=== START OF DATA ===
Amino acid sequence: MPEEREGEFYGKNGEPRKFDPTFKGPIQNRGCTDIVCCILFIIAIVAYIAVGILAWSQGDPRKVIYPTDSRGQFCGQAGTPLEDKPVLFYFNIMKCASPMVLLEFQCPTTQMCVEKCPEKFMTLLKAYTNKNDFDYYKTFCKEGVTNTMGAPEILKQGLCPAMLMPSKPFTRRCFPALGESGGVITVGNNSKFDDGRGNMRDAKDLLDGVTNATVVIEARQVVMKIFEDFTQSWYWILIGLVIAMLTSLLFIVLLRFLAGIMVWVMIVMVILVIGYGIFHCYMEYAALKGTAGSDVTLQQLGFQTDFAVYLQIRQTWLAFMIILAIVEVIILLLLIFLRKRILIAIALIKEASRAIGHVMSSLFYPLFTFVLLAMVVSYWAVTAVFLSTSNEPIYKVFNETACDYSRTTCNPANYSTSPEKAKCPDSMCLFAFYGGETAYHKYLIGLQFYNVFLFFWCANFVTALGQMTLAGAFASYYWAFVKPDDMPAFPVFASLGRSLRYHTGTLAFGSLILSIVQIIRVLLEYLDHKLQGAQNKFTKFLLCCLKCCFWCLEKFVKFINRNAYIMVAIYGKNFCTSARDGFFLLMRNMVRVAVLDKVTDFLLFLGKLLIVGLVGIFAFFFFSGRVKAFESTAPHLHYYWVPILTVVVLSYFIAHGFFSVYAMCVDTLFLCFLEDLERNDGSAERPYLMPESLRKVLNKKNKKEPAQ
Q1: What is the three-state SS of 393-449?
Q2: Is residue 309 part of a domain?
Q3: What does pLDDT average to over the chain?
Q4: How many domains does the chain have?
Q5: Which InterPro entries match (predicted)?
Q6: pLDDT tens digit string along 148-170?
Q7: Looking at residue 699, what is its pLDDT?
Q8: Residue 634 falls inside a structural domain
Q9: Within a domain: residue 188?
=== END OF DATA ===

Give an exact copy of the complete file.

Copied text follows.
Amino acid sequence: MPEEREGEFYGKNGEPRKFDPTFKGPIQNRGCTDIVCCILFIIAIVAYIAVGILAWSQGDPRKVIYPTDSRGQFCGQAGTPLEDKPVLFYFNIMKCASPMVLLEFQCPTTQMCVEKCPEKFMTLLKAYTNKNDFDYYKTFCKEGVTNTMGAPEILKQGLCPAMLMPSKPFTRRCFPALGESGGVITVGNNSKFDDGRGNMRDAKDLLDGVTNATVVIEARQVVMKIFEDFTQSWYWILIGLVIAMLTSLLFIVLLRFLAGIMVWVMIVMVILVIGYGIFHCYMEYAALKGTAGSDVTLQQLGFQTDFAVYLQIRQTWLAFMIILAIVEVIILLLLIFLRKRILIAIALIKEASRAIGHVMSSLFYPLFTFVLLAMVVSYWAVTAVFLSTSNEPIYKVFNETACDYSRTTCNPANYSTSPEKAKCPDSMCLFAFYGGETAYHKYLIGLQFYNVFLFFWCANFVTALGQMTLAGAFASYYWAFVKPDDMPAFPVFASLGRSLRYHTGTLAFGSLILSIVQIIRVLLEYLDHKLQGAQNKFTKFLLCCLKCCFWCLEKFVKFINRNAYIMVAIYGKNFCTSARDGFFLLMRNMVRVAVLDKVTDFLLFLGKLLIVGLVGIFAFFFFSGRVKAFESTAPHLHYYWVPILTVVVLSYFIAHGFFSVYAMCVDTLFLCFLEDLERNDGSAERPYLMPESLRKVLNKKNKKEPAQ
Q1: What is the three-state SS of 393-449?
Q2: Is residue 309 part of a domain?
Q3: What does pLDDT average to over the chain?
Q4: How many domains does the chain have?
Q5: Which InterPro entries match (predicted)?
Q6: pLDDT tens digit string along 148-170?
Q7: Looking at residue 699, what is its pLDDT?
Q8: Residue 634 falls inside a structural domain
Q9: Within a domain: residue 188?